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Notes from Nethers

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Jan. 16, 2008
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Onecan hardly say the words “hippie commune” without a hazy fog of associations clouding up one’s judgment. Woodstock, Haight-Ashbury and the Summer of Love are a few of the luminaries swirling around in that tripped-out constellation. Perhaps that’s why a new book recounting what it was like for a child growing up on such a commune might be a rude awakening for those who still cling in happy delirium to the era of free love. In her new book, psychologist Sandra Eugster recalls that “the idyllic-sounding freedom was often terrifying and disorienting.”

Notes from Nethers is a memoir written from a child’s point of view, offering up the finer points of her mother moving her and her siblings from safe and sanitary suburbia to a commune inhabited by 20 other people. In the book, Eugster recalls the discomfort of waking to find a naked man standing on his head in the living room, or the equally uncomfortable realization that you’ve just unwittingly eaten your neighbor’s placenta. These are not included for gratuitous shock value, but rather to allow the reader to enter into “a similar feeling of dislocation” as she herself experienced, and also highlight the disparity between her mother’s (largely fond) recollection of the commune and her own.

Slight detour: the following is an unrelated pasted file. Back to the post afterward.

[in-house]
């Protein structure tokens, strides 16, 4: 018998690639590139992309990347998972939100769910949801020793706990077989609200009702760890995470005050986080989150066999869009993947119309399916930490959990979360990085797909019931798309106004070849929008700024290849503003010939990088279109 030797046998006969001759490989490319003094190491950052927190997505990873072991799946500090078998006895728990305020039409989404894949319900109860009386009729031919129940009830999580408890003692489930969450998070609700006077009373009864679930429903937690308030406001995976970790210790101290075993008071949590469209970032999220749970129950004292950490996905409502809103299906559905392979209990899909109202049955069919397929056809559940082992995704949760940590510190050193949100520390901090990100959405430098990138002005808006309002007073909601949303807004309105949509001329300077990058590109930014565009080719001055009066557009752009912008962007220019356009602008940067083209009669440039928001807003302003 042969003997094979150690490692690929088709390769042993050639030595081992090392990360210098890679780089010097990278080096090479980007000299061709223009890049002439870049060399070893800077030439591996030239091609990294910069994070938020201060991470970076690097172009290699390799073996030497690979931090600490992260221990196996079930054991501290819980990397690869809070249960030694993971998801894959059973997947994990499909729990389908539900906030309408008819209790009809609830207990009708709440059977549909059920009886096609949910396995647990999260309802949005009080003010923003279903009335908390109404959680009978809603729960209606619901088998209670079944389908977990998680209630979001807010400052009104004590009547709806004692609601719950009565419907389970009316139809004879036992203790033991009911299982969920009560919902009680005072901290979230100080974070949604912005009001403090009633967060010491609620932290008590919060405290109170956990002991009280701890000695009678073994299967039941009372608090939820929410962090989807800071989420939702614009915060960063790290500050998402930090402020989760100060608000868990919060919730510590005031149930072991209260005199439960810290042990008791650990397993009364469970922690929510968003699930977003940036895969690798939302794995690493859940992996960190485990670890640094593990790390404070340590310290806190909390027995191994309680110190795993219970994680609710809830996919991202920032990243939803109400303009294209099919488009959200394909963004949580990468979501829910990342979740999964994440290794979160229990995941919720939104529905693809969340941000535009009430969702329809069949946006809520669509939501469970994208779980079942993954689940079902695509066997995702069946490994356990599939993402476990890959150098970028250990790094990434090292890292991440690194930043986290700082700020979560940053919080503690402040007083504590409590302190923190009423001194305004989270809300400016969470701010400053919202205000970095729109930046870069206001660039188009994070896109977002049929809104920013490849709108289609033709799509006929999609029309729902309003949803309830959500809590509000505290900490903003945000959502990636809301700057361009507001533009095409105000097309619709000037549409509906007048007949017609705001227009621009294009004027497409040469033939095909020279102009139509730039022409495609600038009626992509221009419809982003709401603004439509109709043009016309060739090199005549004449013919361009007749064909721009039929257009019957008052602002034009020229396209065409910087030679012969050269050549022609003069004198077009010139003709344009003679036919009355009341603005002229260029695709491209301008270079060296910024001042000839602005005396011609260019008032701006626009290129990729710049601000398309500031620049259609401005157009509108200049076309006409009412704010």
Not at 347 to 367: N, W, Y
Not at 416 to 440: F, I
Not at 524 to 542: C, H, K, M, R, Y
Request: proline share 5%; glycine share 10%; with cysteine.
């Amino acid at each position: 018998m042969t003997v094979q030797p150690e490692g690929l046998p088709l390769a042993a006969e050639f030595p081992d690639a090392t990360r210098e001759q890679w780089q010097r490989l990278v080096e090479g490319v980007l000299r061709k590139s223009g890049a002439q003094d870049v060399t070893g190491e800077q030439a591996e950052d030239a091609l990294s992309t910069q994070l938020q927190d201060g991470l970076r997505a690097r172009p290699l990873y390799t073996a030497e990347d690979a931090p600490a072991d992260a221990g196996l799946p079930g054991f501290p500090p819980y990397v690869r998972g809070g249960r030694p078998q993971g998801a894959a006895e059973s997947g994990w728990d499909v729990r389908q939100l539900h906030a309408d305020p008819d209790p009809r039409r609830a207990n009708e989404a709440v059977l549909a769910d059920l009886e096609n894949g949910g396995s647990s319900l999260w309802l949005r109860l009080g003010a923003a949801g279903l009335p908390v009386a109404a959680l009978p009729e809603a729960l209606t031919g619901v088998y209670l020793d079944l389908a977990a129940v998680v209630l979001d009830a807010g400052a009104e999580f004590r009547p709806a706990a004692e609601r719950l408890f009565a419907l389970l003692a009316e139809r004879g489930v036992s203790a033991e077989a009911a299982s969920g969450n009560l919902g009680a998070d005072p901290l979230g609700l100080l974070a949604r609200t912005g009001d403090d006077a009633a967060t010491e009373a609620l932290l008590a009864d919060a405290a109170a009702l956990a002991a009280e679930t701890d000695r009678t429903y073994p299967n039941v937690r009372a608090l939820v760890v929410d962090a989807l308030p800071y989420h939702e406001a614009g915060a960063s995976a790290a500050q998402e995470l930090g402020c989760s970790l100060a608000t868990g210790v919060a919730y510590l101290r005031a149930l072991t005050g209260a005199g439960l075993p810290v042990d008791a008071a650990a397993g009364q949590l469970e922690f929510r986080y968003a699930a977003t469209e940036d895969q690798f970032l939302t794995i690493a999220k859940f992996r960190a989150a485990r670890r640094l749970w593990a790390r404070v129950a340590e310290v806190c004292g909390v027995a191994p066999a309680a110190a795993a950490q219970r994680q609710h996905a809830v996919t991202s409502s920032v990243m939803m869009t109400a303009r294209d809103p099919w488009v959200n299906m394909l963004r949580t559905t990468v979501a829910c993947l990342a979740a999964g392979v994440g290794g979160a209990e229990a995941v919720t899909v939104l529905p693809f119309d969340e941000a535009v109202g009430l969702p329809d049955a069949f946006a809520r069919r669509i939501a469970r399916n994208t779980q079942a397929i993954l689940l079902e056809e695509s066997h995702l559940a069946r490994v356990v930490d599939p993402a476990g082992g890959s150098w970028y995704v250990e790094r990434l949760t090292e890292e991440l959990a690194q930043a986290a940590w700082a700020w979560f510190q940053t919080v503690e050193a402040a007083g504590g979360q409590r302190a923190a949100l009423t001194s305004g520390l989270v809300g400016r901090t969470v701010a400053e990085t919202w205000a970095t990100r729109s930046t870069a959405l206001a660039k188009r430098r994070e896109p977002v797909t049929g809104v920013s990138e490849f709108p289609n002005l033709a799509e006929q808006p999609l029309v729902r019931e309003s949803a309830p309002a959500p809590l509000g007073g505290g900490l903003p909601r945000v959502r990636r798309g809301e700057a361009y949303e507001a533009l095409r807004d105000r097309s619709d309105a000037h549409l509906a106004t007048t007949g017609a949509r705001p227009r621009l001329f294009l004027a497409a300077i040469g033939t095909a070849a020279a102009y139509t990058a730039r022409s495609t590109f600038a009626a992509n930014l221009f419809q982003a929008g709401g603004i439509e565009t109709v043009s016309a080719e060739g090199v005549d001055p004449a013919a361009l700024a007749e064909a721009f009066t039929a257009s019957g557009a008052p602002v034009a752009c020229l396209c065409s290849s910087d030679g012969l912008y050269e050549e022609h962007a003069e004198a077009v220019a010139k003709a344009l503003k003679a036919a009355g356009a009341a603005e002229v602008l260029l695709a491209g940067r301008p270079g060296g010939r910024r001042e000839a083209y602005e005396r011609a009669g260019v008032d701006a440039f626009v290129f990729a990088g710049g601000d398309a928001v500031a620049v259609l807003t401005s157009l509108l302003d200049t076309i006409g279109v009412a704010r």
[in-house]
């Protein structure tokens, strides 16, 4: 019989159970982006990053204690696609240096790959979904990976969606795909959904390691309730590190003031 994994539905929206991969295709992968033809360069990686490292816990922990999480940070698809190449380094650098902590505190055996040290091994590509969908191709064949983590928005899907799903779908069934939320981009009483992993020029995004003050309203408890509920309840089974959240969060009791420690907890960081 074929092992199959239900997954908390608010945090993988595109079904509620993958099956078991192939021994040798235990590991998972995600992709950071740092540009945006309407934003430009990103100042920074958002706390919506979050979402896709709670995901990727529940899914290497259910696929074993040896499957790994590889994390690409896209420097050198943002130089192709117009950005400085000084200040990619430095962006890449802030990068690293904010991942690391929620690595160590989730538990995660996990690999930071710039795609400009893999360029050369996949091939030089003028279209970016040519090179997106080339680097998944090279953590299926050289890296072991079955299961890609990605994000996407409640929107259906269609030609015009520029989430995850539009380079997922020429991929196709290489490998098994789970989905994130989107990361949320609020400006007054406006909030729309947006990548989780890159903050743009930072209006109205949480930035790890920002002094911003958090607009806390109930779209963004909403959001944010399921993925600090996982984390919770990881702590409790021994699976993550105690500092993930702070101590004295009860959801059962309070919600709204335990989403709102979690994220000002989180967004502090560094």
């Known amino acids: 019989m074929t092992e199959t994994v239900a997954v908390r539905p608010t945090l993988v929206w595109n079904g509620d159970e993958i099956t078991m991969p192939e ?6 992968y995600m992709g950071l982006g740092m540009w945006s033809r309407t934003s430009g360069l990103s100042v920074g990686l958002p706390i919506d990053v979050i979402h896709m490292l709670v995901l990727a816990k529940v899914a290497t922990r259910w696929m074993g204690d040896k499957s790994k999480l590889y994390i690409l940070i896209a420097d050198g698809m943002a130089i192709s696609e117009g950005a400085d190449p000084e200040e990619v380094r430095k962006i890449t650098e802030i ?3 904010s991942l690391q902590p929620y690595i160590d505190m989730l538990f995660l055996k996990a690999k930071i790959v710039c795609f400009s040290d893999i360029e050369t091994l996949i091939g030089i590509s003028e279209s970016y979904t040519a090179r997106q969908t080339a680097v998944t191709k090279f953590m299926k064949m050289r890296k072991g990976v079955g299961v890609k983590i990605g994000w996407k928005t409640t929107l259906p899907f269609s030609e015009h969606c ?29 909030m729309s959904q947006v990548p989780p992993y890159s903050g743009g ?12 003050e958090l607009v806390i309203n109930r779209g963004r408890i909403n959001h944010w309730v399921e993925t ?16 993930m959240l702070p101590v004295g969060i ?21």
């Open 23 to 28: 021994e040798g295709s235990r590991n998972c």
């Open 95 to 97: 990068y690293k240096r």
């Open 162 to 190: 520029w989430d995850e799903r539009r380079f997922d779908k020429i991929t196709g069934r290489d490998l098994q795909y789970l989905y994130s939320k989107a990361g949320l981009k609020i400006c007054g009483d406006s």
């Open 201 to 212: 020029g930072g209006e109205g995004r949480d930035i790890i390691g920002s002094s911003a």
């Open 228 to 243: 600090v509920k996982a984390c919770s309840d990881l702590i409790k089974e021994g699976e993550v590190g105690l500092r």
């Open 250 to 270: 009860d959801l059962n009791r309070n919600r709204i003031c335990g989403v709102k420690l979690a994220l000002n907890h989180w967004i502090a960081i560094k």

And in fact her difficult relationship with her mother was something Eugster was afraid might overshadow the narrative. “I very much didn’t want this to be an expose of my mother … it was very important to me that the difficult aspects of our relationship be very much within the context of a larger point.”

The larger point is the misconception people have of the ’60s commune as an idyllic haven of sexual liberation and camaraderie. “I never did subscribe to the mythology,” Eugster says. “I would roll my eyes when people would start rhapsodizing about the commune.”

Yet she felt compelled to write about it, partly in response to the fact that it’s something she feels isn’t written about enough, not adequately at least. “From the adult perspective there’s two trends: One is still the adult idealization,” Eugster says. “The other is quite the opposite—that this was just a bunch of rich dilettantes that were spending their trust accounts and defying their parents. There was more to it than that.”

You can meet Sandra Eugster when she comes to Broad Vocabulary on Saturday, Jan. 26, at 4 p.m. To read an interview with the author, go to “Author Voices” in the A&E section of www.expressmilwaukee.com.


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